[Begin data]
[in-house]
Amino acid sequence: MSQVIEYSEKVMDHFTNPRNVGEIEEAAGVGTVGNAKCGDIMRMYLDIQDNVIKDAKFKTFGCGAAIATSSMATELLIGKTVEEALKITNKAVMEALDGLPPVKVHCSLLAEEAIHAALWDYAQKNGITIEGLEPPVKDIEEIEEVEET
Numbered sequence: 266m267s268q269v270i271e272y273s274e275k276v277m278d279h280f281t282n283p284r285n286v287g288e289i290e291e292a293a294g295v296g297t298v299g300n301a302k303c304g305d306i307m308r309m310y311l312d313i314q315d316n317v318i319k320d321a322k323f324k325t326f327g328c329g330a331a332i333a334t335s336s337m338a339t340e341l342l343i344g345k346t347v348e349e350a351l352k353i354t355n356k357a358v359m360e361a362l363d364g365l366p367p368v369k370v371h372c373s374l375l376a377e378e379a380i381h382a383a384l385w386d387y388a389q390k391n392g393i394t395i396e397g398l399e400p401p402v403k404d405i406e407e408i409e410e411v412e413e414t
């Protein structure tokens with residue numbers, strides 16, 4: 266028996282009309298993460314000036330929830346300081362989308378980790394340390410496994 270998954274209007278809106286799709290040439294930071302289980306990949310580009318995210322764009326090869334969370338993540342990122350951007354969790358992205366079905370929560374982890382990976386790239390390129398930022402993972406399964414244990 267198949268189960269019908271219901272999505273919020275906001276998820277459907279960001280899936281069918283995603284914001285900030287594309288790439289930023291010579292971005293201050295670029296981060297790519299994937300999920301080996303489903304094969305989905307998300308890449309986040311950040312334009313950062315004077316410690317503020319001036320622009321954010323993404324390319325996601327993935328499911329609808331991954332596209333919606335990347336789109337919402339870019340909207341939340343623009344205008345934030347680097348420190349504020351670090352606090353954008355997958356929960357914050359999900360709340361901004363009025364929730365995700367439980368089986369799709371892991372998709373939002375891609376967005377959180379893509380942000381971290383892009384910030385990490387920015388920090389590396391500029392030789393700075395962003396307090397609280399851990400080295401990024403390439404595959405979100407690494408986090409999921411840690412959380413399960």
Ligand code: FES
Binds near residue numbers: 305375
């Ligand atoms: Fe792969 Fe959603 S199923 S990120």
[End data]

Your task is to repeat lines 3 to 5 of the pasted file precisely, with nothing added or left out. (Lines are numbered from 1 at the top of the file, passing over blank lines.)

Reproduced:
Numbered sequence: 266m267s268q269v270i271e272y273s274e275k276v277m278d279h280f281t282n283p284r285n286v287g288e289i290e291e292a293a294g295v296g297t298v299g300n301a302k303c304g305d306i307m308r309m310y311l312d313i314q315d316n317v318i319k320d321a322k323f324k325t326f327g328c329g330a331a332i333a334t335s336s337m338a339t340e341l342l343i344g345k346t347v348e349e350a351l352k353i354t355n356k357a358v359m360e361a362l363d364g365l366p367p368v369k370v371h372c373s374l375l376a377e378e379a380i381h382a383a384l385w386d387y388a389q390k391n392g393i394t395i396e397g398l399e400p401p402v403k404d405i406e407e408i409e410e411v412e413e414t
């Protein structure tokens with residue numbers, strides 16, 4: 266028996282009309298993460314000036330929830346300081362989308378980790394340390410496994 270998954274209007278809106286799709290040439294930071302289980306990949310580009318995210322764009326090869334969370338993540342990122350951007354969790358992205366079905370929560374982890382990976386790239390390129398930022402993972406399964414244990 267198949268189960269019908271219901272999505273919020275906001276998820277459907279960001280899936281069918283995603284914001285900030287594309288790439289930023291010579292971005293201050295670029296981060297790519299994937300999920301080996303489903304094969305989905307998300308890449309986040311950040312334009313950062315004077316410690317503020319001036320622009321954010323993404324390319325996601327993935328499911329609808331991954332596209333919606335990347336789109337919402339870019340909207341939340343623009344205008345934030347680097348420190349504020351670090352606090353954008355997958356929960357914050359999900360709340361901004363009025364929730365995700367439980368089986369799709371892991372998709373939002375891609376967005377959180379893509380942000381971290383892009384910030385990490387920015388920090389590396391500029392030789393700075395962003396307090397609280399851990400080295401990024403390439404595959405979100407690494408986090409999921411840690412959380413399960």
Ligand code: FES